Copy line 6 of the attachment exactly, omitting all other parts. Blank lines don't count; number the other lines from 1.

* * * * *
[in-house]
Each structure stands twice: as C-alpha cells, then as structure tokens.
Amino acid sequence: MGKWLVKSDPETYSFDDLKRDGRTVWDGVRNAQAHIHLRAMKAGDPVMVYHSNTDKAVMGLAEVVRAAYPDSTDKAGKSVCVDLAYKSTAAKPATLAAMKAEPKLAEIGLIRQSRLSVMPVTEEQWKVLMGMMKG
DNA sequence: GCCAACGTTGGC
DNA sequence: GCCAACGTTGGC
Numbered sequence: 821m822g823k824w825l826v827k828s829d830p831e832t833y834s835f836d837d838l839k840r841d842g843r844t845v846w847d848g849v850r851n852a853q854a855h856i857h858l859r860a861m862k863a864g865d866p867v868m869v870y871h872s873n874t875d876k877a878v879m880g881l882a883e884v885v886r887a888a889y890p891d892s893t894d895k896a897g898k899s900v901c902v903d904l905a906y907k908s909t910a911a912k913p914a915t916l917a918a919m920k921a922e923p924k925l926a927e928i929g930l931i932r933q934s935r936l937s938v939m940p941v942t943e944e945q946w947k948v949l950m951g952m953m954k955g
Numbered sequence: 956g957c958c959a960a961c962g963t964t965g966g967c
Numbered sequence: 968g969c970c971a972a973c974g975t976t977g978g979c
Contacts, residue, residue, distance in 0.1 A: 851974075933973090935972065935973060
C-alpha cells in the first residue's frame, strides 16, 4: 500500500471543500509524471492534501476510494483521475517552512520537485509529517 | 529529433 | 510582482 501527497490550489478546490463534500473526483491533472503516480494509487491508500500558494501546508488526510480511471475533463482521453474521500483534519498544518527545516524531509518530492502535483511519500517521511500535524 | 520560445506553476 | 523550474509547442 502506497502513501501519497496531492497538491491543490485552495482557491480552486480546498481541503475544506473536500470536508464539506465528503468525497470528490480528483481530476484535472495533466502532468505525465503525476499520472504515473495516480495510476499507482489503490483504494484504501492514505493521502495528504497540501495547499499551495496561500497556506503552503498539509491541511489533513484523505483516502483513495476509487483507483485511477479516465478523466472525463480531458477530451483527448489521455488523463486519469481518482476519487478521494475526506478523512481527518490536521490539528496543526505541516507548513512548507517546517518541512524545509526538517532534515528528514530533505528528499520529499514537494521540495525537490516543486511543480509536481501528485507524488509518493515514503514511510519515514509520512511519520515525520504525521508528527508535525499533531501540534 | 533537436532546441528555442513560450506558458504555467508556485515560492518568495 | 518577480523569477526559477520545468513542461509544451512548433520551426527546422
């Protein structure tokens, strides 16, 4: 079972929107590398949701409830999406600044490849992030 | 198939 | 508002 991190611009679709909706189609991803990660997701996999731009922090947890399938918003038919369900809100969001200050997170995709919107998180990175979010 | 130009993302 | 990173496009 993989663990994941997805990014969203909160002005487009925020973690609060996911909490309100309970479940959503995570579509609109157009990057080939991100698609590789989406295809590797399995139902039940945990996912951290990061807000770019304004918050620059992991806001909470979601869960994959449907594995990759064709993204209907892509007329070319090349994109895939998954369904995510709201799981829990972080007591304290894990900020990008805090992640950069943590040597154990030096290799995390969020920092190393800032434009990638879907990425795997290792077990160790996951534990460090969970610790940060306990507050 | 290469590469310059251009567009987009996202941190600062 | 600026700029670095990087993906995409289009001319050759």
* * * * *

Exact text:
Numbered sequence: 821m822g823k824w825l826v827k828s829d830p831e832t833y834s835f836d837d838l839k840r841d842g843r844t845v846w847d848g849v850r851n852a853q854a855h856i857h858l859r860a861m862k863a864g865d866p867v868m869v870y871h872s873n874t875d876k877a878v879m880g881l882a883e884v885v886r887a888a889y890p891d892s893t894d895k896a897g898k899s900v901c902v903d904l905a906y907k908s909t910a911a912k913p914a915t916l917a918a919m920k921a922e923p924k925l926a927e928i929g930l931i932r933q934s935r936l937s938v939m940p941v942t943e944e945q946w947k948v949l950m951g952m953m954k955g